She encouraged readers to “Notice the genius of the people who are teaching you or sharing a moment with you and soak up what you admire and aspire to, to use in your own work. Enjoy the privilege of being around creators who inspire you without trashing yourself.”
Reframe your self-doubt.
Like Guillebeau did with her painting projects, use self-doubt to fuel your creativity. Prove it wrong. Take the challenge. “By determining to prove that naysayer wrong, I’ve managed to create a daily painting practice that has evolved in to my livelihood and my career,” Guillebeau said.
Consider the positive side of self-doubt, like Sonheim. “Self-doubt often acts as a measuring stick, helping me to determine whether I’m playing it safe or really sticking my neck out.”
Surround yourself with supportive people.
“Look for supportive or encouraging people to help cheer you on [in your creative pursuits],” Davidson said.
Celebrate your creations.
For instance, McMeekin displays her paintings around her home. “Let your work remind you that beauty can appear when you trust yourself and luxuriate in your fascinations and playfulness,” she said.
Talk to someone you trust.
Even if they don’t really understand what you are going on about, their comments and questions—and your gut reactions to them—can help clarify the why of your uneasiness,” Sonheim said.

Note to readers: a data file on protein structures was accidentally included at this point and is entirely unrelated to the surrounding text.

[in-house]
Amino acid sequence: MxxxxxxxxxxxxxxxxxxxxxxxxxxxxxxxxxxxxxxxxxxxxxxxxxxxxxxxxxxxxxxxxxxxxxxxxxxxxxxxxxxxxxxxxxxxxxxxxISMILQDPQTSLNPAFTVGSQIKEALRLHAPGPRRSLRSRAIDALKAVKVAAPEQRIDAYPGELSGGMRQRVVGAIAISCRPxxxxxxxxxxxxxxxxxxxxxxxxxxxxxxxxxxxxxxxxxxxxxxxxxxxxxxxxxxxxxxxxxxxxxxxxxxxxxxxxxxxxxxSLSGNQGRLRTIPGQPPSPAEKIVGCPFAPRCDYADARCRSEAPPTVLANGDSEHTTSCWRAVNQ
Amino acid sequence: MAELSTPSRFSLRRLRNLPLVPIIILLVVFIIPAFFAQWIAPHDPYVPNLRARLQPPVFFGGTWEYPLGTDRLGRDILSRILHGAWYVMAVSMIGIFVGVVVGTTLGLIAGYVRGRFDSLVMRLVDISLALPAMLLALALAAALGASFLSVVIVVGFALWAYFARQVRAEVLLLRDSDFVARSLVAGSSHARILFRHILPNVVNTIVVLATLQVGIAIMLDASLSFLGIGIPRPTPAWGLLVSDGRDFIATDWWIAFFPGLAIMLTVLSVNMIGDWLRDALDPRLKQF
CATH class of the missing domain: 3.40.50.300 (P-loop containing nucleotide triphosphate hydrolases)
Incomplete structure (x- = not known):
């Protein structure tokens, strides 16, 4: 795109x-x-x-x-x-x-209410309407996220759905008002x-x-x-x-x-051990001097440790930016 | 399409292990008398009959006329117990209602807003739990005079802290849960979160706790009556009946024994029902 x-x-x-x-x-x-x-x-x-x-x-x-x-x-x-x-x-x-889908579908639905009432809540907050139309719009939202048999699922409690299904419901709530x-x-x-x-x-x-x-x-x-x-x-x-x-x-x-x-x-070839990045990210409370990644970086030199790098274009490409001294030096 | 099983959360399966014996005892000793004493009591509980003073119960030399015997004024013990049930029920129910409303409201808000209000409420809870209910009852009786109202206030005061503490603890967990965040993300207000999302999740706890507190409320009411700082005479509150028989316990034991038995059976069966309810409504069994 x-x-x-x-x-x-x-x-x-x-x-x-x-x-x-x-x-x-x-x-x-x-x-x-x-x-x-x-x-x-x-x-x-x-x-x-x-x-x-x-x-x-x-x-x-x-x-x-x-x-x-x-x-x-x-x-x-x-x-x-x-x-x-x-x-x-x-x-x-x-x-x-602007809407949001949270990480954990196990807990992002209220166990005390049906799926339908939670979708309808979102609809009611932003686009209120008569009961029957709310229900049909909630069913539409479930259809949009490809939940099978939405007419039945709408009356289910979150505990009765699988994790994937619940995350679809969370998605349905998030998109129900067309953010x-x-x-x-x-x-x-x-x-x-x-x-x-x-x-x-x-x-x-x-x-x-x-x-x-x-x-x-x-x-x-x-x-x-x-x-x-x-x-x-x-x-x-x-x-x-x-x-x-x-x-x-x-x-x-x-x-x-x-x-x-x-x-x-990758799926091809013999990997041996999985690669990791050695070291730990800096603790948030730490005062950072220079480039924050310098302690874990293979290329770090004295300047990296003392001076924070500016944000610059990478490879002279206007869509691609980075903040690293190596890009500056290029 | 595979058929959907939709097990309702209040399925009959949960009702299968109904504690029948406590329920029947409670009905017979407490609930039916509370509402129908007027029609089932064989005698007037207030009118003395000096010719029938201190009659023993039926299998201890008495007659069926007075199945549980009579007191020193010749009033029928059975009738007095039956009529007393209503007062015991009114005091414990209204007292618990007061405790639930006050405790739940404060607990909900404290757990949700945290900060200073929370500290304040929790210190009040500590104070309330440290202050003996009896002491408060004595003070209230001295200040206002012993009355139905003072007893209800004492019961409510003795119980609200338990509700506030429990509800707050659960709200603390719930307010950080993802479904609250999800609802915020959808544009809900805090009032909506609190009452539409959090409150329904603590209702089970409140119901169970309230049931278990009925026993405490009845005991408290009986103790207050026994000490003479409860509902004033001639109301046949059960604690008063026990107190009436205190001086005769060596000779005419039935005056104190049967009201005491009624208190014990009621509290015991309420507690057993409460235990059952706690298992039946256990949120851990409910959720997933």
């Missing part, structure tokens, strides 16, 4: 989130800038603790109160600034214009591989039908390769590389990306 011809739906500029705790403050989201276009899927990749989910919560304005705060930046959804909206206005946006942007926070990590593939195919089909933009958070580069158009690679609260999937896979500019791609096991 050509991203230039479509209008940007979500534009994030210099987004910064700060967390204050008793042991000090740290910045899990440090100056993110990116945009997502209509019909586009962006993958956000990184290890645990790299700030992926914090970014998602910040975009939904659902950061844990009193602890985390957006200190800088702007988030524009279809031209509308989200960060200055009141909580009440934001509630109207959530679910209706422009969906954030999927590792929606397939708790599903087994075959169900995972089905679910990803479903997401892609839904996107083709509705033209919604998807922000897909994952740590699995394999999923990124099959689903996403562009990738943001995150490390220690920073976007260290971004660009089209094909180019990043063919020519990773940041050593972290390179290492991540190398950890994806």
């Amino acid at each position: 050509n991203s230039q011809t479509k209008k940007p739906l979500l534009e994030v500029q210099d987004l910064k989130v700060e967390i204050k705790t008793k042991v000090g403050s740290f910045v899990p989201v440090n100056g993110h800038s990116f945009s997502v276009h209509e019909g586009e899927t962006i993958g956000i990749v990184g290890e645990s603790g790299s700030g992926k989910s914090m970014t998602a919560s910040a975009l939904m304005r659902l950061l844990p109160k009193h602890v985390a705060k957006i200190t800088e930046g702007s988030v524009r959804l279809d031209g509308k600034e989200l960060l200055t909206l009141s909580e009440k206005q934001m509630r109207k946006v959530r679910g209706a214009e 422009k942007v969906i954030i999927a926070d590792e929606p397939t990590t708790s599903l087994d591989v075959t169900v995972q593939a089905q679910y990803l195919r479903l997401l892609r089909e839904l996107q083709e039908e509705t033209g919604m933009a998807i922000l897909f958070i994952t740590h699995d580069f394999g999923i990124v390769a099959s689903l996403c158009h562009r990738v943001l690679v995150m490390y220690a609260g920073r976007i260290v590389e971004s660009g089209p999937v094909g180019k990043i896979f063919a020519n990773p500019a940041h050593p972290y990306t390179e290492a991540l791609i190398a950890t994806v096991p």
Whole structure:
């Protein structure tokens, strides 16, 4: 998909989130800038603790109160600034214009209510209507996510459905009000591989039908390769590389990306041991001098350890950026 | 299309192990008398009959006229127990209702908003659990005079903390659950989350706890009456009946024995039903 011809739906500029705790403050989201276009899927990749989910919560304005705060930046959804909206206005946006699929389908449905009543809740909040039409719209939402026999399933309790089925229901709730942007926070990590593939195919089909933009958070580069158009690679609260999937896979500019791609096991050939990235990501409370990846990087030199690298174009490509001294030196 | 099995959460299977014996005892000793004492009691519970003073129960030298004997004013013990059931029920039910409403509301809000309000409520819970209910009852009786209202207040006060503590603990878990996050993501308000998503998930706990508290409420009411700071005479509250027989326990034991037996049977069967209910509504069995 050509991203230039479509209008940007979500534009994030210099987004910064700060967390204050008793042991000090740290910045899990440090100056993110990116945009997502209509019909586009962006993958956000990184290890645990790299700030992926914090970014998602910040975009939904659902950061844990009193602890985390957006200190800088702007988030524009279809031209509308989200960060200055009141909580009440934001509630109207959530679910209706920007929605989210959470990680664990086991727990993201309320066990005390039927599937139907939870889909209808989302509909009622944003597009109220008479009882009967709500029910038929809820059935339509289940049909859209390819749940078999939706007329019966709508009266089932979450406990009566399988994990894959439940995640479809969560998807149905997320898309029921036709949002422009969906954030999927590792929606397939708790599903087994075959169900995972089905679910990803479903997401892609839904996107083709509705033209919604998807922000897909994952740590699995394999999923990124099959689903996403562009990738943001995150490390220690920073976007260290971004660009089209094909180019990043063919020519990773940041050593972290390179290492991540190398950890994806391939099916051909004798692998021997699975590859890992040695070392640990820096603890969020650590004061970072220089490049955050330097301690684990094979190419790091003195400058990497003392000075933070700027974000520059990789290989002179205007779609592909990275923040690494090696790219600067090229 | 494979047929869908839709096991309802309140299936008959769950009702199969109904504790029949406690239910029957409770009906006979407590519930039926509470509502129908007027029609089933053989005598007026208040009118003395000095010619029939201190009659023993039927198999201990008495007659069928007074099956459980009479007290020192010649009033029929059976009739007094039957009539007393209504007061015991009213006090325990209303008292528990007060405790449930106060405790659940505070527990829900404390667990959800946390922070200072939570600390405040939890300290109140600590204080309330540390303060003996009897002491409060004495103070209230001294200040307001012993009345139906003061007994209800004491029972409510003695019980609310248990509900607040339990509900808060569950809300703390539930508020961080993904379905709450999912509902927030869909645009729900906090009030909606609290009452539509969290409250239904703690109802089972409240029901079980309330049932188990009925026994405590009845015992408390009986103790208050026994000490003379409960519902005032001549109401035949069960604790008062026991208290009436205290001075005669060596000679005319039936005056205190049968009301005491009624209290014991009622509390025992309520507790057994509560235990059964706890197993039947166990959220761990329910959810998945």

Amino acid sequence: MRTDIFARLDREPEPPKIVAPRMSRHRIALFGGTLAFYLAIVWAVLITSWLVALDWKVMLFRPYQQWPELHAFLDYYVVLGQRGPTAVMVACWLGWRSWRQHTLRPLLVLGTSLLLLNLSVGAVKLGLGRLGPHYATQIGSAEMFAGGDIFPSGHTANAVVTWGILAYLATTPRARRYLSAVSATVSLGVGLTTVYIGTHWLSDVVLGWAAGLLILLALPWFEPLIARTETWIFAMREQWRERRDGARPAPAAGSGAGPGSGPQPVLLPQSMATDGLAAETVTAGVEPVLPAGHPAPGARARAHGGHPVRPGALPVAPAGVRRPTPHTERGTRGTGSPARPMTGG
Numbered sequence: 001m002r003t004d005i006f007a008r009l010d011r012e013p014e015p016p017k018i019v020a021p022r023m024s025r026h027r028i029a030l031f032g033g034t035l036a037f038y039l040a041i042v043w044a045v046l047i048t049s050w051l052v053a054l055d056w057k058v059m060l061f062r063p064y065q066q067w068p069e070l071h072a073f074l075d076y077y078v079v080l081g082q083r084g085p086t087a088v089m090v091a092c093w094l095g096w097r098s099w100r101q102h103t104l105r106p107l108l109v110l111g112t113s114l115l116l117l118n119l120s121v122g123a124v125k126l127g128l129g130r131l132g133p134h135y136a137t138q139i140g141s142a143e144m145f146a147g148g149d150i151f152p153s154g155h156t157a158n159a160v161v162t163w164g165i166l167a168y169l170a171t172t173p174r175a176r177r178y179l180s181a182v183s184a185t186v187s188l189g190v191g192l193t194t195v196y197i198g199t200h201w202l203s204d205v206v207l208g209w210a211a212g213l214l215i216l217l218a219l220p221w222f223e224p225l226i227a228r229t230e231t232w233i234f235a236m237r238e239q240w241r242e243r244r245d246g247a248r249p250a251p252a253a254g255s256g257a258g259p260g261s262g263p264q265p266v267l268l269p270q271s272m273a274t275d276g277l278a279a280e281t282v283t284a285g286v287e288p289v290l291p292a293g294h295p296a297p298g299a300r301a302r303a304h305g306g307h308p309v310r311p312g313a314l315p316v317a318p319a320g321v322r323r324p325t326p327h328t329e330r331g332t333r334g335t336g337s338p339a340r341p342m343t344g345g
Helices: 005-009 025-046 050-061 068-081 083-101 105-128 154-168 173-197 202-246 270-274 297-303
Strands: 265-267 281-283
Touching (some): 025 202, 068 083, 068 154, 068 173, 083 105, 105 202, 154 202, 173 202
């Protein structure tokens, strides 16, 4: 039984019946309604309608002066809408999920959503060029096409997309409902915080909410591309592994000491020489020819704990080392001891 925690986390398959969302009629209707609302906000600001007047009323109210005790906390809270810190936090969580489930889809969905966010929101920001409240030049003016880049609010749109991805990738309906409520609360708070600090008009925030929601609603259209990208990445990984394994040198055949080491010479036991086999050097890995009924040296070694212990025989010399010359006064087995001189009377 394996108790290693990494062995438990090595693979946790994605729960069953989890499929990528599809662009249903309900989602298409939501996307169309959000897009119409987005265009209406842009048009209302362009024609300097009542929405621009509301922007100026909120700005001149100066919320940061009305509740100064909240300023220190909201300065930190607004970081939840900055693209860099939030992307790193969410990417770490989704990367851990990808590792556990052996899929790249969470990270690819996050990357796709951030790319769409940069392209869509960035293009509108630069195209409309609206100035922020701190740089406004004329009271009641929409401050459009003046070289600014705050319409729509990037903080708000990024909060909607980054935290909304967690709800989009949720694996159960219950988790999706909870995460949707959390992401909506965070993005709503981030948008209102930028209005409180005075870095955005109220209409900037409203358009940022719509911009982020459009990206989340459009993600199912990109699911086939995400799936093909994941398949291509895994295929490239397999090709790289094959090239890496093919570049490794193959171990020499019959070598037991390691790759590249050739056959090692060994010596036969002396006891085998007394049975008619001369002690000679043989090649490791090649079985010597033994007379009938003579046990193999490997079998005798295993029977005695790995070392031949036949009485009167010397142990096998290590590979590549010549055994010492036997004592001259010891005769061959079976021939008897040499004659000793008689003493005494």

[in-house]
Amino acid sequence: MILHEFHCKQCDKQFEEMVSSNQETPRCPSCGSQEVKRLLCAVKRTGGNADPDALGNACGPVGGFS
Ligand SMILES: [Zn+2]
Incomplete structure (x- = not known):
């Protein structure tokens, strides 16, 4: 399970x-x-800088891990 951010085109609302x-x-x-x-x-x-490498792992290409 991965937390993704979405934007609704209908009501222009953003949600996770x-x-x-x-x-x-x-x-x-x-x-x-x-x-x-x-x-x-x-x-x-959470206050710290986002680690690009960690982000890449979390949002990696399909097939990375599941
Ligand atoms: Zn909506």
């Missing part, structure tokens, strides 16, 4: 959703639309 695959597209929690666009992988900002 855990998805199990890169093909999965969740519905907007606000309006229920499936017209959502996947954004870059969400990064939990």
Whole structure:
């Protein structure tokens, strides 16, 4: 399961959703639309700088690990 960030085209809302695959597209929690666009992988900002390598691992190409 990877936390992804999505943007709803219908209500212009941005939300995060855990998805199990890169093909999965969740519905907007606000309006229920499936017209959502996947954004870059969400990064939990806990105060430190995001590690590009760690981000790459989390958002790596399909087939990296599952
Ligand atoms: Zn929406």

You’ll also be able to process your emotions more effectively when you figure out if they’re internal or external, she said.
Find what puts you in your creative zone.
“Experiment until you discover what puts you into your theta brain and sparks your creative journey,” McMeekin said. She turns to journaling, music and other inspirational tools, such as her Creativity Courage Cards. “I often wear out the same music, and even one song over and over, at times, as the melody entrances me to create and get into my fertile garden in my mind.”
Just go for it.
“You have nothing to lose,” Davidson said. (You don’t have to share your creations with anyone, she said.) “I wish I hadn’t listened to the self-doubt gremlins for 20-some years. I could’ve been doing this for all this time. But it’s never too late to just jump in and play. And go in with childlike curiosity.” That childlike curiosity is a great reminder of how limitless, joyful and incredibly liberating creativity can be. “I often remember the utter joy I felt in kindergarten on that first day when I dipped my hands in gorgeous, brightly colored fingerpaints and was told that I could put my paints on my wet paper any way I chose and it would be all right,” McMeekin said.
“Overcoming self-doubt involves believing that you can do it, accepting your strengths and limitations, fixing what you can, and then taking a risk by moving forward, even if you don’t have all the answers,” Sonheim said. She shared this quote from actor and author Alan Alda on creativity: “Be brave enough to live creatively. The creative is the place where no one else has been. You have to leave the city of your comfort and go into the wilderness of your intuition. You cannot get there by bus, only by hard work, risking and by not quite knowing what you are doing. What you will discover will be wonderful: Yourself.”